The soul-mate concept is a common reason why people leave one partner for the next. But don’t miss the statistical reality that the pattern continues. (Divorce rates are much higher in for people in multiple marriages, or what some researchers call ‘serial monogamy’). Searching for the next soul-mate to complete you just a little better than the last one did may be why romance writers have a job, but it won’t create any stability in the relationship you currently have – only the desperate longing that you are missing out on happiness by being with the wrong partner. So people who cling to this belief practice the philosophy of an old rock n’roll lyric that says…”If you can’t be with the one you love – love the one you’re with!”

Sorry, no soul-mates, just different people with different levels of maturity and development. Healthy people can have healthy relationships with hundreds of others, including the self-control to make a single relationship the most satisfying.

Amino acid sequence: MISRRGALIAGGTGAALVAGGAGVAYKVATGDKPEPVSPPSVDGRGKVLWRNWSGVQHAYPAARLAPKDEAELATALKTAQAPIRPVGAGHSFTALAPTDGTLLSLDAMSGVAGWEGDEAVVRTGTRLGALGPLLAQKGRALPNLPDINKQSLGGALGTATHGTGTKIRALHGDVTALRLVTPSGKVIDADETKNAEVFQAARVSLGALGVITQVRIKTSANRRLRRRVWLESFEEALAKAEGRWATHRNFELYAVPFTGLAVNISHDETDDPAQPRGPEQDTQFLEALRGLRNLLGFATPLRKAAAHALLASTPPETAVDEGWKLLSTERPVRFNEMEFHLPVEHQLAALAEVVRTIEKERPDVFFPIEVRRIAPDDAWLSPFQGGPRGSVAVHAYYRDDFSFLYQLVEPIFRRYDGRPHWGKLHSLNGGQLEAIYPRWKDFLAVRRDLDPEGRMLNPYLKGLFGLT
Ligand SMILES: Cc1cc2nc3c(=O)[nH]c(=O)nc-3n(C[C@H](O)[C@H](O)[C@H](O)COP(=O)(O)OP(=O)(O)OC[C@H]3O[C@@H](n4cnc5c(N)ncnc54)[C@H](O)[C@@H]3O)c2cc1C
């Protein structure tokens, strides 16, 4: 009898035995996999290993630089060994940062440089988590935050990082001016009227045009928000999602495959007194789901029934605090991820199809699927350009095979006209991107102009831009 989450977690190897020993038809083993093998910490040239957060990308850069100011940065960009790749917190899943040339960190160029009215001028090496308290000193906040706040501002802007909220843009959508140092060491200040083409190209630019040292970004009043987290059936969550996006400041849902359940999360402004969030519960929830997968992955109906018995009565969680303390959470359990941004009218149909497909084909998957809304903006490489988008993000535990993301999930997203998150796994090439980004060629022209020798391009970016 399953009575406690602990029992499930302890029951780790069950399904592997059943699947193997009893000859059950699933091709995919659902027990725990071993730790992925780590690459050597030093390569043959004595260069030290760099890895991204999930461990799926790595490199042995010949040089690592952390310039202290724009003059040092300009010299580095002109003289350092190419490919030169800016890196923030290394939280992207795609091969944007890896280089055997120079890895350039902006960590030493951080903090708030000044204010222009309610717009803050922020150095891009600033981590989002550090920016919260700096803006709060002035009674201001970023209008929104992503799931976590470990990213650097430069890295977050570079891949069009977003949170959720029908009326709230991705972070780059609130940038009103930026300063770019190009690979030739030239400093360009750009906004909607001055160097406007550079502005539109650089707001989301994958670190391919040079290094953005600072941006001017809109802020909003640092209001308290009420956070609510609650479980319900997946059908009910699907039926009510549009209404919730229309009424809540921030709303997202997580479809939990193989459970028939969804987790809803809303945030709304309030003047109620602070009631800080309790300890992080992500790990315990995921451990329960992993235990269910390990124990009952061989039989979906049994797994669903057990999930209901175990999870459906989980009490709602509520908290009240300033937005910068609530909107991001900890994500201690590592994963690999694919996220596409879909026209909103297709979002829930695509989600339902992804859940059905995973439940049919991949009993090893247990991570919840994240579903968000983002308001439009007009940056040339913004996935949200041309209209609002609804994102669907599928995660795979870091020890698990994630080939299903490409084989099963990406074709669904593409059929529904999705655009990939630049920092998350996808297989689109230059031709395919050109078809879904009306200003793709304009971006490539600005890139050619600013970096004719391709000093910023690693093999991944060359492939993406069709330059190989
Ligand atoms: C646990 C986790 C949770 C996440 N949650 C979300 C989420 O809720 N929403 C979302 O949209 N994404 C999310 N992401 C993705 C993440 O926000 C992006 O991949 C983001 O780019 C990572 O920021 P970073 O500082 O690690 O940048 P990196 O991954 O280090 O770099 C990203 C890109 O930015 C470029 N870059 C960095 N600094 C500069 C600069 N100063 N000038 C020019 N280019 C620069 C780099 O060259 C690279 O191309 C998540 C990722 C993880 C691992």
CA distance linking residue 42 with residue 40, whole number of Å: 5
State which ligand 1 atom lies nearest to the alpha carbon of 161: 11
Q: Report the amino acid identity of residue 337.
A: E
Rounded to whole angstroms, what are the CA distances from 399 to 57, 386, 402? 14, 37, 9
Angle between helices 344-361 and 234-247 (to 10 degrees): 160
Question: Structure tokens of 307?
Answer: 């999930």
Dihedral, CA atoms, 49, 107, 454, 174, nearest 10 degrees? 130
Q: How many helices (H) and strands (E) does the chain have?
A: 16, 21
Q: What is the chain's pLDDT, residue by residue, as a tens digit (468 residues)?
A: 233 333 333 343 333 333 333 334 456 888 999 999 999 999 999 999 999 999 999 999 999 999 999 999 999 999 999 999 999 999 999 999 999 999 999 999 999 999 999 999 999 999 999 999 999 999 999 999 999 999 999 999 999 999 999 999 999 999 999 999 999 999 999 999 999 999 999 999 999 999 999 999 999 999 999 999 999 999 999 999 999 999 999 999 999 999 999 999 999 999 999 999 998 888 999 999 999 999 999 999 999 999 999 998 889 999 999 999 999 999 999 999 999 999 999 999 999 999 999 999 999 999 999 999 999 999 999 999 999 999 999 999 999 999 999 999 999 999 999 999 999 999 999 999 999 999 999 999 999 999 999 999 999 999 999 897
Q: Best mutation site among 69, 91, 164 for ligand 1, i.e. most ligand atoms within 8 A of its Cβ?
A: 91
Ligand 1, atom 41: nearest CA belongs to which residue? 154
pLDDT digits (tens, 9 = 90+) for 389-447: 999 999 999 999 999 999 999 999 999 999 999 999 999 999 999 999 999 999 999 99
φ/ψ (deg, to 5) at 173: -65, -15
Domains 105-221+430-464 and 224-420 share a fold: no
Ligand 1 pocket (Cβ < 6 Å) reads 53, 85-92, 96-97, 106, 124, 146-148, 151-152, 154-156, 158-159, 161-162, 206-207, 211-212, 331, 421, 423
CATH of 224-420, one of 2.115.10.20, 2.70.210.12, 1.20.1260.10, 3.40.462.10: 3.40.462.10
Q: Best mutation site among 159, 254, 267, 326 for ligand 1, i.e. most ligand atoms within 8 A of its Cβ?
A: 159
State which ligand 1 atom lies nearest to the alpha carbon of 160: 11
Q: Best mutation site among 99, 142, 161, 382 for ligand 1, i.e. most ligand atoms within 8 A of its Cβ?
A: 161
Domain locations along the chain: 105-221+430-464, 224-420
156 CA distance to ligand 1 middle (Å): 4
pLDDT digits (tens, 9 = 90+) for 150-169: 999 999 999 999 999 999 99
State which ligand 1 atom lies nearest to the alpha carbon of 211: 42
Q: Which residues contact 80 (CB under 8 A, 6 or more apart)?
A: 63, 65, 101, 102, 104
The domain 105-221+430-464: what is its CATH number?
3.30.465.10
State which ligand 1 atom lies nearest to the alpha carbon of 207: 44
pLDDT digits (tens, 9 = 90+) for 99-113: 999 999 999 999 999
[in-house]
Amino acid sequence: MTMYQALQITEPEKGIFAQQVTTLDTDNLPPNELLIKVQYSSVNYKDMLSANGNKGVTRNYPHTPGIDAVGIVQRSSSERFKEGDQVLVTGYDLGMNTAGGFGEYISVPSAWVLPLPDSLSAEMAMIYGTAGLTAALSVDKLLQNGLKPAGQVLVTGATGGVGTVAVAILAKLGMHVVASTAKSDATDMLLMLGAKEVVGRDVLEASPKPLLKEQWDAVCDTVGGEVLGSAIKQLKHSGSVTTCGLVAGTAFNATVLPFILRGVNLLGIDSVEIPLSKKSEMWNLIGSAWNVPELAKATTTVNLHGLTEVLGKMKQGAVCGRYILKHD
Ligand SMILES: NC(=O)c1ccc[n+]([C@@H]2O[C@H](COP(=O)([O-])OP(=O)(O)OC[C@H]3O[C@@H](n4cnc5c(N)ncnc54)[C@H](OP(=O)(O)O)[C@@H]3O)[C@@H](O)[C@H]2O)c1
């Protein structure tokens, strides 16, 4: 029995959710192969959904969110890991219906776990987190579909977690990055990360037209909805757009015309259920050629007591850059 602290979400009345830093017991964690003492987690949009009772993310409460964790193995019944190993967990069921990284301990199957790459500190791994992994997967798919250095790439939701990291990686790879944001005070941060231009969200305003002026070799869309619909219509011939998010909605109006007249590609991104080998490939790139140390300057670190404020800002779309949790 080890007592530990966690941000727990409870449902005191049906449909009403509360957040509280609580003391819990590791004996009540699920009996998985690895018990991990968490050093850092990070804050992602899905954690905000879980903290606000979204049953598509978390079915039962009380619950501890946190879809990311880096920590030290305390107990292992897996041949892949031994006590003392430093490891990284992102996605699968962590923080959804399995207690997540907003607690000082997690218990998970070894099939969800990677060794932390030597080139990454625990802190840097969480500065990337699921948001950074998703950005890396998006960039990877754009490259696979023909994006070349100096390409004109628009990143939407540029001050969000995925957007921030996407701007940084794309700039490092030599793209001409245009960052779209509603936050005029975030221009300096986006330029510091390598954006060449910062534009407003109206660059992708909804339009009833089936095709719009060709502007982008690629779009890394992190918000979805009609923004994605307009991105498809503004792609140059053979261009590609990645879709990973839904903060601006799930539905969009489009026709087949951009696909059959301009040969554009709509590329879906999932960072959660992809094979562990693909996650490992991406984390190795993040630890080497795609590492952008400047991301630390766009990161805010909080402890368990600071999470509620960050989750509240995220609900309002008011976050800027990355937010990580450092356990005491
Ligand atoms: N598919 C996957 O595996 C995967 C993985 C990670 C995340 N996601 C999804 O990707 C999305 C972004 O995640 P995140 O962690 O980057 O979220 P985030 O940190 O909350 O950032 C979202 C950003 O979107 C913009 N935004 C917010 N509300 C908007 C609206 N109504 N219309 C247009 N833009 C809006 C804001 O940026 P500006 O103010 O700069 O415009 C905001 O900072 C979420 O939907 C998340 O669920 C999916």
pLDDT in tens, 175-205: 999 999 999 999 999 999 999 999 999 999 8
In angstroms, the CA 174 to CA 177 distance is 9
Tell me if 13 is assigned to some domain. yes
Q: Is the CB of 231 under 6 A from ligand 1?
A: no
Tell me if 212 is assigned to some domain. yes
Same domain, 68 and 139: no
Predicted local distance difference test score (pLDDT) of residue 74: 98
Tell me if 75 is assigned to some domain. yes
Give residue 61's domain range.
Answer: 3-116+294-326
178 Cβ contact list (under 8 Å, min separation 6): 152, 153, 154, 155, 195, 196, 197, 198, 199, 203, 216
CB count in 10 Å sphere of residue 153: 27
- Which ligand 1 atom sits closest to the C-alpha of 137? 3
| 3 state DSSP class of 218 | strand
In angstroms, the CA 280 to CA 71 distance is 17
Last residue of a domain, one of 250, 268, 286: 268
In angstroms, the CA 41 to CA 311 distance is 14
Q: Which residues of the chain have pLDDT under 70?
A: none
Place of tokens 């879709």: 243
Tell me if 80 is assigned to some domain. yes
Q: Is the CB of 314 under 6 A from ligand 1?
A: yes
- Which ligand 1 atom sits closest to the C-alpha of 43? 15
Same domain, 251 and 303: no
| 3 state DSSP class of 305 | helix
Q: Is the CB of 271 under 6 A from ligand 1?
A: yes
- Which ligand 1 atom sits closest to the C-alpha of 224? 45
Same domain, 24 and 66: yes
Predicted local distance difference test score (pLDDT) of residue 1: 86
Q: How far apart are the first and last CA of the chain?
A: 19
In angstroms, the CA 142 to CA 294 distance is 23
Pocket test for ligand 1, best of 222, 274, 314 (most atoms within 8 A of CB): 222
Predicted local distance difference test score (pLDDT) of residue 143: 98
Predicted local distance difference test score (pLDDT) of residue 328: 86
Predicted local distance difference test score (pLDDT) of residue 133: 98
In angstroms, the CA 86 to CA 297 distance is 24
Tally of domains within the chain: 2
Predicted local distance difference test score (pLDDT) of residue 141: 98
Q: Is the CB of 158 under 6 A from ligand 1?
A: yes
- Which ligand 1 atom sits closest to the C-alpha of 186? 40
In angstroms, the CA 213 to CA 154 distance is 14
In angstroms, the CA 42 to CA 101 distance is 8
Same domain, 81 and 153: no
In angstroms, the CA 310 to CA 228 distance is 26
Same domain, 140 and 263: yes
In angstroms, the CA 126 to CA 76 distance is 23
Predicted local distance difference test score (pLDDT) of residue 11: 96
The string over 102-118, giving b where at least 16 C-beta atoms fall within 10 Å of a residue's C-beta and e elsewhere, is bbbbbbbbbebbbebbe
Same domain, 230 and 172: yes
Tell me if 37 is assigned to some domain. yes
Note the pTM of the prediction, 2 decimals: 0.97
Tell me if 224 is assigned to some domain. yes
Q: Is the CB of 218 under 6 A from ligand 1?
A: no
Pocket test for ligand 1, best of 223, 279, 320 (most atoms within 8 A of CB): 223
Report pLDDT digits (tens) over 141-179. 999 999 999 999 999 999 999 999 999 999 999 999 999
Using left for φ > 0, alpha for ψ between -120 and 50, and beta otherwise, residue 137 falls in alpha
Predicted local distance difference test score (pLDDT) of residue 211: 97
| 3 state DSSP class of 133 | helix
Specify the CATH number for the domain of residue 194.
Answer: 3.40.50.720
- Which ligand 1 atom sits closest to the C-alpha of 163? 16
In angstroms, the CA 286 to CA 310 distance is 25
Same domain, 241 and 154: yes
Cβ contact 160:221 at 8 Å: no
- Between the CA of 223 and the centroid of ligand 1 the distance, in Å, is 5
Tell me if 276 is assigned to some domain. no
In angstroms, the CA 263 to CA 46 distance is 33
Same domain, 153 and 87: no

Promise Keeping instead of Promise Breaking
The bottom line on breaking a cheating lifestyle is to change to invest time and energy in keeping the promises you made, instead of spending time, energy and money desperately trying to chase another person to create a little happiness. Over time it takes a lot more work to keep a secret lifestyle going than it does to simply work on the relationship you have. Trading a stable life for the hope of something better doesn’t work out for the majority of people who attempt it. The research shows that people divorce at significantly higher levels when they move from partner to partner. There is more stability from making wise choices in reality than in chasing a fantasy image of being with ‘dream boat’ person who later turns out to be a ‘nightmare’. Keeping promises builds trust, integrity, character and a life of balance. Keeping promises is the opposite of cheating, and may seem boring compared to a “Las Vegas” lifestyle, but the long term benefits of a stable life are worth it.